Anger/Frustration: While it is possible to have a productive conversation when frustrations arise, anger rarely leads to positive outcomes. Anger can “hijack” our rational thinking processes; therefore, supervisors and employees should take active steps to prevent and/or de-escalate negative conflict. Focusing on our breath and acknowledging our emotions can help us stay grounded. If you feel anger taking over it’s best to remove yourself from the situation. You can say, “I’m beginning to feel angry and need some time to process,” OR, “I think it’s best that we reschedule once I can positively contribute to the discussion.”

Anxiety/Sadness: Receiving feedback, specifically critical feedback, can heighten a person’s anxiety or could lead to sadness. Supervisors should anticipate these reactions and take steps to minimize these emotions. One of the most common reasons why employees fear the performance appraisal process is due to lack of communication. This occurs when supervisors do not regularly have performance discussions; therefore, care must be taken to ensure nothing within the appraisal comes as a surprise to the employee. Above all, supervisors should proceed with compassion and lead with empathy.

When receiving critical feedback, or feedback we may not agree with, it can be easy to distort what is being said and assume negative intent. Research tells us that suppressing emotions may be detrimental to our health. So, how do we strike a healthy balance and create space for emotions while maintaining a professional environment?

We can do so by acknowledging our emotions and learning ways to respond in appropriate ways. To learn more about emotions, read "How to develop emotional regulation skills to be become a better manager".

Tips for Success

We recommend the following supervisor actions to maximize the performance appraisal process:

  1. Provide feedback and coaching throughout the entire rating period.
  2. Ensure performance appraisals are being completed in a timely manner.
  3. Allow employees to be active participants in the process and be open to adjusting ratings based on provided information and input.
  4. Avoid rushing through the appraisal process - either when writing it or presenting it to the employee.
  5. Encourage employees to complete a self-appraisal.
  6. Do not use the employee’s self-appraisal to complete the employee’s appraisal - This can skew the supervisor’s ratings. Instead, use it to guide the appraisal meeting discussion.
  7. Avoid sending mixed messages. E.g. noting the employee is an “exceptional team member” but only rating them as “Successful” in the area of teamwork.
  8. Don’t be afraid to use the entire rating scale.
  9. Set collaborative goals that are exciting, challenging, yet achievable.
  10. Look forward NOT backwards! The purpose of the performance appraisal process is to forge ahead with useful feedback and information to help employees guide their performance in the coming year.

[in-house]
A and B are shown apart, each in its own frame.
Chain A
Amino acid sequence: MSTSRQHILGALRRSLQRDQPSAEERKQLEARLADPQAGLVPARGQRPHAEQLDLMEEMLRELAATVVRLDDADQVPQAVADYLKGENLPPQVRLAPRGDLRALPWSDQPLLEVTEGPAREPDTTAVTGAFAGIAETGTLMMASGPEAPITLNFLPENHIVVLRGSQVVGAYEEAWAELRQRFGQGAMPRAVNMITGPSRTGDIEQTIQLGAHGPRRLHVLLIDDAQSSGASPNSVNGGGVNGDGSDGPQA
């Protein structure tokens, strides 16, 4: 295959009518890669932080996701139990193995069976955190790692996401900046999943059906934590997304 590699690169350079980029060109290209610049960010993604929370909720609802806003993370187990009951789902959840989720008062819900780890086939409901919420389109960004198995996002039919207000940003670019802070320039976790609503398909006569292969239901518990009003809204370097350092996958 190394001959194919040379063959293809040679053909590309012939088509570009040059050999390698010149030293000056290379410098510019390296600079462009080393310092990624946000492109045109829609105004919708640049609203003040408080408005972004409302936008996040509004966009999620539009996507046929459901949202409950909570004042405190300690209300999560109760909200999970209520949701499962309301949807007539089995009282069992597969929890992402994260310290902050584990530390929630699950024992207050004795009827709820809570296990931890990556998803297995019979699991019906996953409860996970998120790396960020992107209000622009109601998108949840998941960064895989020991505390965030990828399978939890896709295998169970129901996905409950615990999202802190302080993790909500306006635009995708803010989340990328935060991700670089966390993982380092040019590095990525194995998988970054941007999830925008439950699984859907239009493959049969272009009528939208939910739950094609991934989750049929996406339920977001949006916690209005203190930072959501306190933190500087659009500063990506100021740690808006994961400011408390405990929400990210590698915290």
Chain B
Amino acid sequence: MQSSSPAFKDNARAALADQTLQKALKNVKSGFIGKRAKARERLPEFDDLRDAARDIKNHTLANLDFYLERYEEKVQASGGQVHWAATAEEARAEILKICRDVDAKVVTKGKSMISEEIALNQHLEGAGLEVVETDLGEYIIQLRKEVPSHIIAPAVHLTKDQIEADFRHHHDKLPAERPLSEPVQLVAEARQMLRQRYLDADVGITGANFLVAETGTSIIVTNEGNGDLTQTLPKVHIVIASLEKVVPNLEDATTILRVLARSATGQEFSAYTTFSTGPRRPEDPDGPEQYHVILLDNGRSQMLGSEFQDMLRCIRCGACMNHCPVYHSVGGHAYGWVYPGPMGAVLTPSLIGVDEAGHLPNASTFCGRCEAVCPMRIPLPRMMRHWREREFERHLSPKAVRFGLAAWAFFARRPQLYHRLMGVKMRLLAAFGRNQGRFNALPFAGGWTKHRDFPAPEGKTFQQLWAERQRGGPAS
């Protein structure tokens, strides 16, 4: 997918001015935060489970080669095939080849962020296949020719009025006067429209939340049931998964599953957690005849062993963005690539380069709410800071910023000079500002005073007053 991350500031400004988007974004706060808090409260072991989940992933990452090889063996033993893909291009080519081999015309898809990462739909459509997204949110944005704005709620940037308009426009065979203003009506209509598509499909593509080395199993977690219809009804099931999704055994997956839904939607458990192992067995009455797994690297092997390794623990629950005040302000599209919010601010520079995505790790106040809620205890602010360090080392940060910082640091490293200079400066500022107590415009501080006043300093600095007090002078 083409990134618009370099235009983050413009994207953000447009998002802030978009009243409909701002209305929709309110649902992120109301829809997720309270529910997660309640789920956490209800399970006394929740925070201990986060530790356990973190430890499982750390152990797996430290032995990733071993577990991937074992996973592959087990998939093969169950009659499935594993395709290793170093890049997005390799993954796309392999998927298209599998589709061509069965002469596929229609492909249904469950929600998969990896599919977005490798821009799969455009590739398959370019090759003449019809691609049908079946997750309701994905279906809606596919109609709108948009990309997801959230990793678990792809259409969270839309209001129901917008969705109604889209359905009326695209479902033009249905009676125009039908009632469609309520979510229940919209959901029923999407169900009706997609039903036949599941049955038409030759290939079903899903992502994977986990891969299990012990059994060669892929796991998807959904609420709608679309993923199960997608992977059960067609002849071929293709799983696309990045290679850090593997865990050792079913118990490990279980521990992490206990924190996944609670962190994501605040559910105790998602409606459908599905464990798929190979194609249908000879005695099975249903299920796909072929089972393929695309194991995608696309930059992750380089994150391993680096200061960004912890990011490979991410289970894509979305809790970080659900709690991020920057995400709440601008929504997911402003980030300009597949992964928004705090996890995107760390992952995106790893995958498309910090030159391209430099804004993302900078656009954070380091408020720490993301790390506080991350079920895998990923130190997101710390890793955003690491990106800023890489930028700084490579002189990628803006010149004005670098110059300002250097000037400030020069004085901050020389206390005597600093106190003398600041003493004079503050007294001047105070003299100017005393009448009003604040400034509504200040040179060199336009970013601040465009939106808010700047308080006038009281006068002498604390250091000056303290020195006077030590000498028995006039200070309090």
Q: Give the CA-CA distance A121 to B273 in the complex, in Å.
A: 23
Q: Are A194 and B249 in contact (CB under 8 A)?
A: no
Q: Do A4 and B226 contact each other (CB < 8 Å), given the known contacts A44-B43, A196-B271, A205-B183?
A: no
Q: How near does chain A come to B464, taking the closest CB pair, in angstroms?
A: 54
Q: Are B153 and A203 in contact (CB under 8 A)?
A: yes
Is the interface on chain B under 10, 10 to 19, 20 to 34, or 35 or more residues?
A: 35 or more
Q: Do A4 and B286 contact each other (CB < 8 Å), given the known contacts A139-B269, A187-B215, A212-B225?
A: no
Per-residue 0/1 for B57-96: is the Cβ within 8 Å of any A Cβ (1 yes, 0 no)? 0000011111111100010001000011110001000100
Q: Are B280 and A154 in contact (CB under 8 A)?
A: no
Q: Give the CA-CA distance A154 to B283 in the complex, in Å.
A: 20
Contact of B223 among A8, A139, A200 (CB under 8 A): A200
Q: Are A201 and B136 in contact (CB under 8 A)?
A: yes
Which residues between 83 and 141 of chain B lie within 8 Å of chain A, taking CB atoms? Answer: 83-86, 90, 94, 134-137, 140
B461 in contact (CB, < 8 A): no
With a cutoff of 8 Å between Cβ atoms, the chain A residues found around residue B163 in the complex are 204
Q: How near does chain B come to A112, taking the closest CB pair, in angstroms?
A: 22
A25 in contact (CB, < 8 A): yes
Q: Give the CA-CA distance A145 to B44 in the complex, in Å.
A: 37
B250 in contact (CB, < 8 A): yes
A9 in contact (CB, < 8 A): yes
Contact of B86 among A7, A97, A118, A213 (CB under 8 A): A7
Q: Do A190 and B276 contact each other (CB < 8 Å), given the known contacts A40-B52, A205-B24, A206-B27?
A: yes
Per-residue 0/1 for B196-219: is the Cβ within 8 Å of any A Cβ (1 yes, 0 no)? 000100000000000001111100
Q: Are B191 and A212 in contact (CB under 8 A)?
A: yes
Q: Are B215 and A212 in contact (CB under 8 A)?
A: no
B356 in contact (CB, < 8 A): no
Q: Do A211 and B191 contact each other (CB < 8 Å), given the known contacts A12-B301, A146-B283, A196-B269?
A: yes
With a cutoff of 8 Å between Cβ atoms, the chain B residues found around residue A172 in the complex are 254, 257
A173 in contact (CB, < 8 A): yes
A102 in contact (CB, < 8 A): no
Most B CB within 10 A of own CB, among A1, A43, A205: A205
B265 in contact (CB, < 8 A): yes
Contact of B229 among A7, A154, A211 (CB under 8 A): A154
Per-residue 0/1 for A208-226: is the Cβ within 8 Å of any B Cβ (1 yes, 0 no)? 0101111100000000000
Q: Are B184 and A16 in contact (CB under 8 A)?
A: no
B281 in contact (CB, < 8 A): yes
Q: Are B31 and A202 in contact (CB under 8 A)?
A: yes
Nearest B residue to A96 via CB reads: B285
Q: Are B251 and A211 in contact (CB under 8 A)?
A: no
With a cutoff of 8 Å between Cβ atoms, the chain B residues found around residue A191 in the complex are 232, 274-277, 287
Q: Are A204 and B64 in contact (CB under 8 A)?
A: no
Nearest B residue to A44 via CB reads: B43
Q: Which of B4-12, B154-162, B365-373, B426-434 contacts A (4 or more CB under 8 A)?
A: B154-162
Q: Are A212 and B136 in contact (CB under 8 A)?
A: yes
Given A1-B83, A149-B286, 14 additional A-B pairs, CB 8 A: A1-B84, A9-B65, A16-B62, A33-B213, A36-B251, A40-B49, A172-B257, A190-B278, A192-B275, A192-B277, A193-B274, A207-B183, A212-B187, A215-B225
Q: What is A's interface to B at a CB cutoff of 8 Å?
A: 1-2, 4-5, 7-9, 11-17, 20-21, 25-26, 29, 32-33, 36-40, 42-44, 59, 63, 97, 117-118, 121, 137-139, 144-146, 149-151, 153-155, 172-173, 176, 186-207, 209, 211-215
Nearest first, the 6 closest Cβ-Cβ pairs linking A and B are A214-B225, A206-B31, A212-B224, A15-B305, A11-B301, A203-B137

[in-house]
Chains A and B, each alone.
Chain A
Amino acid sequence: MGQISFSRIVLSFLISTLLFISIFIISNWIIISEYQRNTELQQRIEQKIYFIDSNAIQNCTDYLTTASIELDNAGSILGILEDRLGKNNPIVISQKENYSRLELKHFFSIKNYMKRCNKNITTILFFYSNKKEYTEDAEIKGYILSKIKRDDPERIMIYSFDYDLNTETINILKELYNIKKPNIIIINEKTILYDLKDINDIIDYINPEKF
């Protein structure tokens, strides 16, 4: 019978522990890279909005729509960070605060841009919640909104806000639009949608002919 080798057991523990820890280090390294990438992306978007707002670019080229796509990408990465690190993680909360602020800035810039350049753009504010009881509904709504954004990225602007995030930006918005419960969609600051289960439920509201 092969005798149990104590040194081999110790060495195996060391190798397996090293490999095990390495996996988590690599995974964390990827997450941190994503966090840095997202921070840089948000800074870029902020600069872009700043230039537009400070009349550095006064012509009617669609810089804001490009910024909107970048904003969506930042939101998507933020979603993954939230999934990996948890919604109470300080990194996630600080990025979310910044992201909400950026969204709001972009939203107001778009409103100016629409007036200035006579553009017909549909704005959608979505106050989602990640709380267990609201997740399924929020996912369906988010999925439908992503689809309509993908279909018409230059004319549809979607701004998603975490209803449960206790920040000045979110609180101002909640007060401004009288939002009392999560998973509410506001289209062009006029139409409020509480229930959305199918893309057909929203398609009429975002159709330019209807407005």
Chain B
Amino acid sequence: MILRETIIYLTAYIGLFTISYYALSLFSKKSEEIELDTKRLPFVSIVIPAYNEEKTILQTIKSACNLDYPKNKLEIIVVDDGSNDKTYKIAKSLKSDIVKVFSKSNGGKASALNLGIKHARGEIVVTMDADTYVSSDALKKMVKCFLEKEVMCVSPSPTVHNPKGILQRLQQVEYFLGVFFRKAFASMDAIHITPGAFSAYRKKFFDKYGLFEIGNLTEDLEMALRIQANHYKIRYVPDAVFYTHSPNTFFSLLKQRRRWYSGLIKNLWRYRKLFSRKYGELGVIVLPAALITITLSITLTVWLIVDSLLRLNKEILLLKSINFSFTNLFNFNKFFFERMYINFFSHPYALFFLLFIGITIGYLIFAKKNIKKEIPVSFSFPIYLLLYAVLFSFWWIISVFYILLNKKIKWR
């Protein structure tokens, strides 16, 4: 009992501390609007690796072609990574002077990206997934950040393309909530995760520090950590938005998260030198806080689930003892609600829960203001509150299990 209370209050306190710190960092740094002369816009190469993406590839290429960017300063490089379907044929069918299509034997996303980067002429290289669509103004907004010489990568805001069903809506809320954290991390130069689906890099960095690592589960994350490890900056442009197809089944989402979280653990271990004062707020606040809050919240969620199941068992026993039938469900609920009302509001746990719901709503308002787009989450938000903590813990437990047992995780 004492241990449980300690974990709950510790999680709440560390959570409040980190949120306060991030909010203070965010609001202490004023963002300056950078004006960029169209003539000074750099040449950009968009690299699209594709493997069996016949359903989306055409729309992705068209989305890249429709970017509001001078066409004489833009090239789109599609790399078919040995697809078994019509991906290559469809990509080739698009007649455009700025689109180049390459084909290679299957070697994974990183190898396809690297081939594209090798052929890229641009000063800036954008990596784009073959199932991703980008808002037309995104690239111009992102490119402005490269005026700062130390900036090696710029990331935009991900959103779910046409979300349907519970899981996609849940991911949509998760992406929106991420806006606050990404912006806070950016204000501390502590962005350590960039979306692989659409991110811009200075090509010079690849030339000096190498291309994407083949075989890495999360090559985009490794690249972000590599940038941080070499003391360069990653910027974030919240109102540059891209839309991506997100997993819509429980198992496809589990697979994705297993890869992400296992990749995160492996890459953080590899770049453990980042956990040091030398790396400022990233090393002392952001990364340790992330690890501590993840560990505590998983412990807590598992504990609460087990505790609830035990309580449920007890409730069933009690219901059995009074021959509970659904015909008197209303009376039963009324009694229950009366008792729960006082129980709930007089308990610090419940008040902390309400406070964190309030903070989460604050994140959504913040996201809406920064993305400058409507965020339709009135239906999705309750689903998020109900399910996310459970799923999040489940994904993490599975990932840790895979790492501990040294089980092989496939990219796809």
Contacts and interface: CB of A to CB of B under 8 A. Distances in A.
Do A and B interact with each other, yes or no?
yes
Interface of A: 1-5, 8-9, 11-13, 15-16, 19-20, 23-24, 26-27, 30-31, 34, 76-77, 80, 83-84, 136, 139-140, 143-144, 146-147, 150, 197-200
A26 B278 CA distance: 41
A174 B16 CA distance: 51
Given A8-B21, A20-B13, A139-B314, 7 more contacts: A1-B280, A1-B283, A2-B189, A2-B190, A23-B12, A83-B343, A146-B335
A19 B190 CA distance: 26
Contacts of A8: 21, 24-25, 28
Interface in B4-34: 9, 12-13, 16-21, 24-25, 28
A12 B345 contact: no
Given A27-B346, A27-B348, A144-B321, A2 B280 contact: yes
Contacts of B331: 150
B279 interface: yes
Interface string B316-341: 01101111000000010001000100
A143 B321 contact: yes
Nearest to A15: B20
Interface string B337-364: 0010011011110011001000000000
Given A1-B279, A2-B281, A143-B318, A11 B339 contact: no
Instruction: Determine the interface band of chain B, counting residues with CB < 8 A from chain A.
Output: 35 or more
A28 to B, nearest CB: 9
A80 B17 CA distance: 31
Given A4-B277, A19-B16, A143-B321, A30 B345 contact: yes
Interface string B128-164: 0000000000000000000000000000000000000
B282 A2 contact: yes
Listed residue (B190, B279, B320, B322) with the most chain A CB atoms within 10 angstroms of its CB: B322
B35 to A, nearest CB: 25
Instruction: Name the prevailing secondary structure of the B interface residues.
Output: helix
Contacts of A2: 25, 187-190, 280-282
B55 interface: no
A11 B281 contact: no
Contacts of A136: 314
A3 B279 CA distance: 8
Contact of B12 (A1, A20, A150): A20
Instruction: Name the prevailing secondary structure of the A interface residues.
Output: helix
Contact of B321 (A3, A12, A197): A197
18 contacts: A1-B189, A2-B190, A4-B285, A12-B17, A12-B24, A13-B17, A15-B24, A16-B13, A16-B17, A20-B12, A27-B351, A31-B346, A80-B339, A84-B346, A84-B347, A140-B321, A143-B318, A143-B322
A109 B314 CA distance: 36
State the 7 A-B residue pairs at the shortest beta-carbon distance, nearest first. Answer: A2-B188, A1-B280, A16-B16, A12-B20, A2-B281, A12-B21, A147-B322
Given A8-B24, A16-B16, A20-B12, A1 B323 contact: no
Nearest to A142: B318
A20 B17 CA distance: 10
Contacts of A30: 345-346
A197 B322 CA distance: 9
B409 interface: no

We recommend the following employee actions to maximize the performance appraisal process:

  1. Be an active participant in your performance development.
  2. Keep a journal or notes throughout the year of your performance, completed training, etc.
  3. Be willing to accept constructive feedback and coaching from your supervisor.
  4. Do not be afraid to reach out for assistance or speak up if additional clarification is needed.
  5. Complete a self-appraisal.
  6. Set collaborative goals that are exciting, challenging, yet achievable.
  7. Use the performance appraisal as a tool to help you improve your performance.

Performance Improvement Plan (PIP)

A Performance Improvement Plan (PIP) is a supportive measure (not a punitive measure) designed to assist an underperforming employee achieve successful performance. A PIP can be implemented any time and may sometimes follow the yearly performance appraisal process. On average, the duration of a PIP ranges anywhere between 60 to 90 days; however, this can vary and is assessed on a case-by-case basis. There may also be times when PIP extensions are necessary. A successfully implemented PIP will have the following components:

  1. A thorough summary of any/all performance deviations and/or deficiencies.
  2. A detailed plan outlining the specific requirements and steps the employee will need to take in order to achieve success.
  3. A plan for check-ins, additional training requirements and/or any assistance that may be needed to ensure the employee can be successful.

While PIPs are designed to assist employees be successful, we understand some may be apprehensive about the process. To reduce this fear, we encourage supervisors to include employees in the process, maintain open channels of communication, and follow-up frequently.

Additional Resources

  1. HRS Learning and Development
  2. LinkedIn Learning
  3. Recognizing Others
  4. Supervisory Newsletters
  5. Employee Assistance Program (EAP)
  6. Annual Performance Appraisal Demo
  7. Annual Performance Self Appraisal Demo

Contact Information

Jesse Heath
Employee Relations Coordinator
(319) 273-6219 OR